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Proceedings of ICAME-2015

15th& 16th of October 2015, UCEV,Villupuram,Tamil Nadu

E-mail:cmghari2004@gmail.com

ICAME264

A Numerical Simulation Study on Drill Bit Point Angle and Helix Angle during

Drilling AISI 1045 STEEL

G. Hariharan

Department of Mechanical Engineering

University College of Engineering, Anna University

Kancheepuram, TamilNadu, India

Cmghari2004@gmail.com

N. Shenbaga Vinayaga Moorthi

Department of Mechanical Engineering

University VOC College of Engineering, Anna University

Thoothukudi, TamilNadu, India

nsvmoorthi@gmail.com

N. Senthilkumar

Department of Mechanical Engineering

Adhiparasakthi Engineering College

Melmaruvathur, TamilNadu, India

nsk@adhiparasakthi.in

Abstract--- In this work, finite element simulation of drilling

process is performed to study the various characteristics of the drill

bit by varying its point angle and helix angle during drilling AISI

1045 steel using tungsten carbide drills. The machining parameters

surface speed and feed rate is kept constant. Variations in effective

stress, effective strain, mean stress, maximum principal stress,

temperature and cutting forces are determined using DEFORM-3D,

Finite Element simulation software. Simulation results obtained for

different drill bits were compared and the best combination of point

angle and helix angle is determined. With the best combination of

point angle and helix angle, both drilling simulation and

experimentation is performed to validate the simulation results.

Results obtained show better output responses than the other

combinations proving the efficiency of the simulation results.

I. INTRODUCTION

Drilling is a hole making process carried out using drill bits,

which has one or more major cutting edges and helical or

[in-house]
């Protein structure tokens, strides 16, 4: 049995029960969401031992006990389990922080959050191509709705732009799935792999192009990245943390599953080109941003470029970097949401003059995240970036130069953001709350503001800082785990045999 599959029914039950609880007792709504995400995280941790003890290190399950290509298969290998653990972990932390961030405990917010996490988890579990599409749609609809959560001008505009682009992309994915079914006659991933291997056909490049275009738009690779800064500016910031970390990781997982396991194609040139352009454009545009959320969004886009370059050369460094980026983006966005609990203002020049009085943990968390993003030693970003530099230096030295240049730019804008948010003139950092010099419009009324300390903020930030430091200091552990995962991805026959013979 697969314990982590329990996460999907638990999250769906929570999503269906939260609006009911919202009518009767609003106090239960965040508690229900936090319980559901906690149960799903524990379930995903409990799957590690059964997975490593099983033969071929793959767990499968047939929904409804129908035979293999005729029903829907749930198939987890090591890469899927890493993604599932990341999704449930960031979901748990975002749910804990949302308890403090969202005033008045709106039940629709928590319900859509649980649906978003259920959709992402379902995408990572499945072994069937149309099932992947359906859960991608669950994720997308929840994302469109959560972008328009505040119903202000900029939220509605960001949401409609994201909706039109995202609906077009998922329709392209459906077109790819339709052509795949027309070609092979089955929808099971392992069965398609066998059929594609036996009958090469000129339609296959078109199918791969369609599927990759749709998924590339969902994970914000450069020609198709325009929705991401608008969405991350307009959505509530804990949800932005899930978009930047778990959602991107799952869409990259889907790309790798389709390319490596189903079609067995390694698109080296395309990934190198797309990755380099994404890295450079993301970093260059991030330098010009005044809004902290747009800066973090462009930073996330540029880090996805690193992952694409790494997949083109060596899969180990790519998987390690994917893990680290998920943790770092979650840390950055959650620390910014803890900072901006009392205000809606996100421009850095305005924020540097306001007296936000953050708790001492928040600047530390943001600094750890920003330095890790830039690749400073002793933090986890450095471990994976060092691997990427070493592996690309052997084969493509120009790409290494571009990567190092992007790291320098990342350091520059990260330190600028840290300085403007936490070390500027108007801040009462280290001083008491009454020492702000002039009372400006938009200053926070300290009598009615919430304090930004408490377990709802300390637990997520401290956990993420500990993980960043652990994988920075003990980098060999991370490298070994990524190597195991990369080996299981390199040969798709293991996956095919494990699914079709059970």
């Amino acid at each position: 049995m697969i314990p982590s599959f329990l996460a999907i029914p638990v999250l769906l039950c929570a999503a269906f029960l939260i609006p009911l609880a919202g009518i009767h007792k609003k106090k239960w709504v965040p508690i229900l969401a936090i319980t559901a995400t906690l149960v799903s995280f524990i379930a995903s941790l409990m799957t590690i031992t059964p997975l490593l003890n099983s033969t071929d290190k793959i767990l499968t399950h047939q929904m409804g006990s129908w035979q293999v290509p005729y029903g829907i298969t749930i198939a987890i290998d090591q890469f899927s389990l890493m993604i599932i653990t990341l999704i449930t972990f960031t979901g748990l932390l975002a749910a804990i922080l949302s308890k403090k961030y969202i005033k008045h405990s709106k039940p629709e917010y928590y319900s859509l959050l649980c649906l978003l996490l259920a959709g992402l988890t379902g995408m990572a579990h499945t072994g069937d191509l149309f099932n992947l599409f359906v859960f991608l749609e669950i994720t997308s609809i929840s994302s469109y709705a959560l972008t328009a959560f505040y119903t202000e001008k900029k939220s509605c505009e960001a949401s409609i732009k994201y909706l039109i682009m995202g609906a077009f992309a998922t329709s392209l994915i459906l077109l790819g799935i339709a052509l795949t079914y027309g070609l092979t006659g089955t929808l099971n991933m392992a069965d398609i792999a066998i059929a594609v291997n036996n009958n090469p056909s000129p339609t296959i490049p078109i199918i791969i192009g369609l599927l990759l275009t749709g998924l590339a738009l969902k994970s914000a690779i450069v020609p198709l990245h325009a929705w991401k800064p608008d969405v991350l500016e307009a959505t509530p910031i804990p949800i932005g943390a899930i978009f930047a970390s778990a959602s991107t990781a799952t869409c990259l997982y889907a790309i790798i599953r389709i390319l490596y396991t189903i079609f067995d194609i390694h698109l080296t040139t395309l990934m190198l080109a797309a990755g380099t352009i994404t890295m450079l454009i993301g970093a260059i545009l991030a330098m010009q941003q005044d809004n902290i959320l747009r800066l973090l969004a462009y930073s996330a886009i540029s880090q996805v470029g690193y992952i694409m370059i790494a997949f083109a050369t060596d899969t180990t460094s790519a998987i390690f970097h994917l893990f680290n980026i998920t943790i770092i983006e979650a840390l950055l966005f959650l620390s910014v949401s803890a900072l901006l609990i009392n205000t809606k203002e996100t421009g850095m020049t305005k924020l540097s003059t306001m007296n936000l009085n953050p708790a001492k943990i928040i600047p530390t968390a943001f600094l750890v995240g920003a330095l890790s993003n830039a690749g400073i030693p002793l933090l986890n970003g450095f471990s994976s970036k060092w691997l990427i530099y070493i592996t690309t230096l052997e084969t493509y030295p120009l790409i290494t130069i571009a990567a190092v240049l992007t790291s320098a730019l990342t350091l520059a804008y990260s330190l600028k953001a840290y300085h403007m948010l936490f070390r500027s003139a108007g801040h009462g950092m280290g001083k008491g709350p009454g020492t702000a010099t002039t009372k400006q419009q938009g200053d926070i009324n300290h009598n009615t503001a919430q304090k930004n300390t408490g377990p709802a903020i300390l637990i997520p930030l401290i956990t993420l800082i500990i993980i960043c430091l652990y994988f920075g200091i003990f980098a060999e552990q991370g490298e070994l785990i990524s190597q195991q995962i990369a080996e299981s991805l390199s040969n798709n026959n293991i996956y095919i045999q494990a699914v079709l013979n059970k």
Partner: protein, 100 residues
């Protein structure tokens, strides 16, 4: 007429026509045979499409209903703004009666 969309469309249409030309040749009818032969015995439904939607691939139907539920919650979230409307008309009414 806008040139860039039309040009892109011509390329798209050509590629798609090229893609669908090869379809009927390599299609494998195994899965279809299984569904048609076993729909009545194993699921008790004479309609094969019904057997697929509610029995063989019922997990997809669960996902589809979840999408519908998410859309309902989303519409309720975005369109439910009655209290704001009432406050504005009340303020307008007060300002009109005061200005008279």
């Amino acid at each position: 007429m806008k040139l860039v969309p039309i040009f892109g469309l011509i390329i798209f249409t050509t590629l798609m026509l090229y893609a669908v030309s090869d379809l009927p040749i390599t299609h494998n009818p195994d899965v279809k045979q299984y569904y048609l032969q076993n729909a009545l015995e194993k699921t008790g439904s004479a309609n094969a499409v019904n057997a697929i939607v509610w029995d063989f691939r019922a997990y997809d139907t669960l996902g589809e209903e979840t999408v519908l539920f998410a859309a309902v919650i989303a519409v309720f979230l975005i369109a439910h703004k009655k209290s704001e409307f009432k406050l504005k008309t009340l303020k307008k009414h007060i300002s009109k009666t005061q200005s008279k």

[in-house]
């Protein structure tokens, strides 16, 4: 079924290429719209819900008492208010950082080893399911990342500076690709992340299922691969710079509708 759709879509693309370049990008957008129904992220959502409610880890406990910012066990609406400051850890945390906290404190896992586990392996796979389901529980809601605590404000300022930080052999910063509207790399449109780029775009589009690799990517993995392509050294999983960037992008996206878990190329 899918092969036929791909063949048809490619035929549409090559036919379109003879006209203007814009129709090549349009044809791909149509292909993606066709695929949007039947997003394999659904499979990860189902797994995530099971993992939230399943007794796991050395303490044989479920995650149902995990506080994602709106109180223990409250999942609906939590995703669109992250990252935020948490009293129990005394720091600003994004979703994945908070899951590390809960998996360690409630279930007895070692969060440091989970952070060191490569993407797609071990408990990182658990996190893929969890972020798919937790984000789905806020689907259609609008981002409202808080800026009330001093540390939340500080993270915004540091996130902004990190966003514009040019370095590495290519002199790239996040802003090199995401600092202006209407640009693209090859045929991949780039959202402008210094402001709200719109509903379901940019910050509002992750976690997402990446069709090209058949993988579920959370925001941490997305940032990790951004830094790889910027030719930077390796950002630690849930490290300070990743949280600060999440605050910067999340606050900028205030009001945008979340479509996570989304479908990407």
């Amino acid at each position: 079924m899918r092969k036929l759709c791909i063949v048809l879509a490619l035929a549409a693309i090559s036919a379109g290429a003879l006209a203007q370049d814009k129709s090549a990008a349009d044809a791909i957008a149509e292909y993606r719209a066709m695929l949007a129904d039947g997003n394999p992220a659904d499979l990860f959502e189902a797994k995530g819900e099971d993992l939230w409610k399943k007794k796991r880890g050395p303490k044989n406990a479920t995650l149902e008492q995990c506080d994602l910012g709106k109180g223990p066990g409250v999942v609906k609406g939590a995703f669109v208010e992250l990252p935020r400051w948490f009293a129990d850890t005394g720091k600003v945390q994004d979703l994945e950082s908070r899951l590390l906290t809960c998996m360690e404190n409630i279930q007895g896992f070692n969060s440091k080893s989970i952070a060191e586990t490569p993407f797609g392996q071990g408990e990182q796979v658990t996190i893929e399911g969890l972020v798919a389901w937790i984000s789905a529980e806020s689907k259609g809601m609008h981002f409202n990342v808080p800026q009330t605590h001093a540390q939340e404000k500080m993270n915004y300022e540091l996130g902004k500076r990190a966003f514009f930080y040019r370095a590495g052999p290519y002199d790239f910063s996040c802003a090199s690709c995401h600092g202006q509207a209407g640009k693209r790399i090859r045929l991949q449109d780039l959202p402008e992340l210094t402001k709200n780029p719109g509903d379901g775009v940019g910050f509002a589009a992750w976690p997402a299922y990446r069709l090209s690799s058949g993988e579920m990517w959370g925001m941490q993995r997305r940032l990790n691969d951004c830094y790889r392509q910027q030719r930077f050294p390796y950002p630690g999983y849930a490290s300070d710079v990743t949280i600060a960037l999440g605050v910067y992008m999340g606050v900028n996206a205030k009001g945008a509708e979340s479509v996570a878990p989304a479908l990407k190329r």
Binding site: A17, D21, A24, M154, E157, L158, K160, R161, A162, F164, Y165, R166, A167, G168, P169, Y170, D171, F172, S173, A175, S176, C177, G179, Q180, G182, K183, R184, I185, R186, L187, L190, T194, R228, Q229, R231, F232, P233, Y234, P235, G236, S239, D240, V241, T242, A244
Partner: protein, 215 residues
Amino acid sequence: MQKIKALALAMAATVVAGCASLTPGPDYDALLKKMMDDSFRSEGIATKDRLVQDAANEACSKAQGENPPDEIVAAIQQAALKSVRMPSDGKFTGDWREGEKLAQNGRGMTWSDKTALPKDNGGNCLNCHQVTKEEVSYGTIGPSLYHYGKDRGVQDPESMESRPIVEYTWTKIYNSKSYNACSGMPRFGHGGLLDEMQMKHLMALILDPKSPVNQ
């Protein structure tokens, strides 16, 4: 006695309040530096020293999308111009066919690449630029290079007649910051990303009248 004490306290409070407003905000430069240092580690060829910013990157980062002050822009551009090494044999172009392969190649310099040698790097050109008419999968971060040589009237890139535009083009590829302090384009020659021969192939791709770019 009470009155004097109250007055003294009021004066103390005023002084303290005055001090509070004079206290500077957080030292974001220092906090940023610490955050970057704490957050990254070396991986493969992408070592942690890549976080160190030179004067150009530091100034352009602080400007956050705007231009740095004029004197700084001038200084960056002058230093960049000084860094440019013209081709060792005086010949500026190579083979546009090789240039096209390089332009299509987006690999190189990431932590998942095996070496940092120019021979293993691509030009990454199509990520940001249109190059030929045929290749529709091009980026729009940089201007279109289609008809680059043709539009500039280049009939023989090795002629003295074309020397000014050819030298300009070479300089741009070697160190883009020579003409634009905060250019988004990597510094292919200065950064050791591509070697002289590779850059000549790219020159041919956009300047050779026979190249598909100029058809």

straight flutes, used to remove material as chips. The cutting

motion for drill bit is rotational and the feed of the drill is

applied through longitudinal axis. The drill bit is represented by

various geometries such as rake or helix angle, point angle,

relief angle, number of flutes, web thickness and drill bit

diameter. The angle formed by the edge of a flute and a line

parallel to a drill centerline is known as helix angle of a drilling

tool and the angle formed by cutting edges of the drill is called

as point angle. Twist drill is the most common drill. Cutting

speed is the peripheral speed of drill, feed is the movement of

drill along the axis of hole for one revolution and depth of cut is

the radius of the drill. For obtaining minimum cost of

machining and minimum production time these parameters has

to be optimized [1].

Isbilir and Ghassemieh [2] investigated experimentally and

numerically the drilling of Ti6Al4V material, by developing a

3D finite element model based on Lagrangian approach using

ABAQUS/explicit and studied the effects of cutting parameters

on the induced thrust force and torque. Matsumura et al. [3]

presented a numerical model to analyze the cutting temperature

in drilling for carbon steel by dividing the cutting edges into

discrete segments in the cutting area. From the determined chip

flow models, cutting forces were predicted. Lacalle et al. [4]